Because we were having 3-course lunches during the workshops, I limited my dinner the first few nights to a small bag of chips and beer from the little café on this floor. Finally I got adventurous, though, and decided to grab a book and actually have a sit-down meal there. The whole place looks like it was preserved from the early 1970’s, right down to the dull plastic plants, dusty upholstery on the chairs and vinyl tablecloths. The young ladies working there were an anomaly for the hotel. Both ladies were modest and friendly, and surprisingly unafraid to smile. Although on the same floor as my room, even the view from the cafe was astonishingly retro. With very few and exceptions, the huge picture windows afforded a view over the rooftops of Moscow virtually without advertising. If it hadn’t been for the obvious warmth of the waitresses, I could have sworn I’d been sucked back into a pre-glasnost time warp!

Sunday was my only day off on this trip, so after catching up on my sleep I got dressed and headed off to Red Square. I was again overwhelmed at just how much had changed – not only since 1975, but even since the late 90’s! Again I felt the same sense of wonder and awe as I looked at the exotic, brightly colored façade of St. Basil’s, and my personal favourite, the seemingly snow-capped edifice right behind it.

Although I stopped to take a few quick photos, I knew exactly where I was headed: ‘GUM’! ‘Gum’ (pronounced: ‘goom’) is the old Soviet shopping complex. I first went there in 1975 and wandered around both perplexed and fascinated. There were stalls full of deep-piled fur hats and ankle-length fur coats. Anyone who’s ever braved a Russian winter knows exactly why these are so popular, and the main reason isn’t fashion! Of course there were also the endless rows of ‘matruschkas’, along with enamelled boxes and pins. Other shops had caviar and sparkling wine and Russian vodka.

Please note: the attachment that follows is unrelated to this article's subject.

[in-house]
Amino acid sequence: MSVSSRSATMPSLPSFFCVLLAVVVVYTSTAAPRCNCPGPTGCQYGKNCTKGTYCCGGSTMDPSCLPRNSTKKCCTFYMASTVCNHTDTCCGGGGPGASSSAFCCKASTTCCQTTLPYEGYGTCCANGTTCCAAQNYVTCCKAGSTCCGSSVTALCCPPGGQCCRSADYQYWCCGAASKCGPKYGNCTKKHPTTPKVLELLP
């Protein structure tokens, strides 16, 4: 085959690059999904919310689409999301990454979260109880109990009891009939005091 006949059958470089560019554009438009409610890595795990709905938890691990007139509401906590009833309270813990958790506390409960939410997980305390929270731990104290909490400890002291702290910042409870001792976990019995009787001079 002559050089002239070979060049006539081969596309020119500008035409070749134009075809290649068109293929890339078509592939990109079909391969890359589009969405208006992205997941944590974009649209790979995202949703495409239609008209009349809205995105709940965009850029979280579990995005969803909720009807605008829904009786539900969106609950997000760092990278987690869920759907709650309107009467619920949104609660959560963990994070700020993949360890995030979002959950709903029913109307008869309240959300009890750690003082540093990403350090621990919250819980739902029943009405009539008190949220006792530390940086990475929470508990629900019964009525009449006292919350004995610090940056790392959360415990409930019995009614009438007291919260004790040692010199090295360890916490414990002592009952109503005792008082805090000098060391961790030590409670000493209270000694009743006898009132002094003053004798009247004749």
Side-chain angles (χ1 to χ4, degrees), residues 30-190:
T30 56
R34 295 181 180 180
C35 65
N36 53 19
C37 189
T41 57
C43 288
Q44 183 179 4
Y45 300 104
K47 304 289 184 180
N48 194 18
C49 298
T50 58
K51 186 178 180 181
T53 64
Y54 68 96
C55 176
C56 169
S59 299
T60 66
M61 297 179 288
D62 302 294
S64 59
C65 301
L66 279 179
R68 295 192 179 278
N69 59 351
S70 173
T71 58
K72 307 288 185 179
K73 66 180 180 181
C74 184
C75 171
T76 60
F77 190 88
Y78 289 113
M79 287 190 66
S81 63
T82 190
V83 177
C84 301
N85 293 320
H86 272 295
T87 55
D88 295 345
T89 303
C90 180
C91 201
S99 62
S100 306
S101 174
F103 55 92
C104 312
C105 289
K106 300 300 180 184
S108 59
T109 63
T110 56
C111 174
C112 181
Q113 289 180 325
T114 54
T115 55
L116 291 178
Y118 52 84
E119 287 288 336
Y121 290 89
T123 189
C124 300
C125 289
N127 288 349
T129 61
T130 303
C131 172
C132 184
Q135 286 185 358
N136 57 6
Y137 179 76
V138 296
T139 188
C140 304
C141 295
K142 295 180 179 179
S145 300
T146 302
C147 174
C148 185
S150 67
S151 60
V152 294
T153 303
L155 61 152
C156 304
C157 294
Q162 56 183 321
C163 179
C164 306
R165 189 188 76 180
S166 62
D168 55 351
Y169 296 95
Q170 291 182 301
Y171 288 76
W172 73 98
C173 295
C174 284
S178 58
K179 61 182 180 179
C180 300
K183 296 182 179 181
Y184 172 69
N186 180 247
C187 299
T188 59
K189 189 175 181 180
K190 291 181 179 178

My most tangible memory of ‘gum’ from 1975? Wandering through the main aisle from ice cream stand to ice cream stand. It was an unseasonably warm April, so ice cream was just what the doctor ordered! But coming from the land of Baskin-Robbins, how was I to fathom a country where you could only buy one flavor of ice cream?

Needless to say, my latest excursion was a totally different affair! ‘Gum’ is now a honeycomb of fashionable and very expensive) Western shops bursting with almost everything capitalism has to offer. Oh, the stackable ‘matrushka’ dolls are still there, as are the enamelled boxes as well as other handcrafted articles by entrepreneurial ‘new’ Russians. There were even the infamous cow sculptures painted brightly by local artists and posed all through the mall to look at and pose beside.

In the end, I sat at a table in a little alcove overlooking a fountain in a central and wrote some postcards while I mused about what all has happened, both in my own life as well as in the life of this historic city, since I was first here.

Submitted by T. Roach-Raschke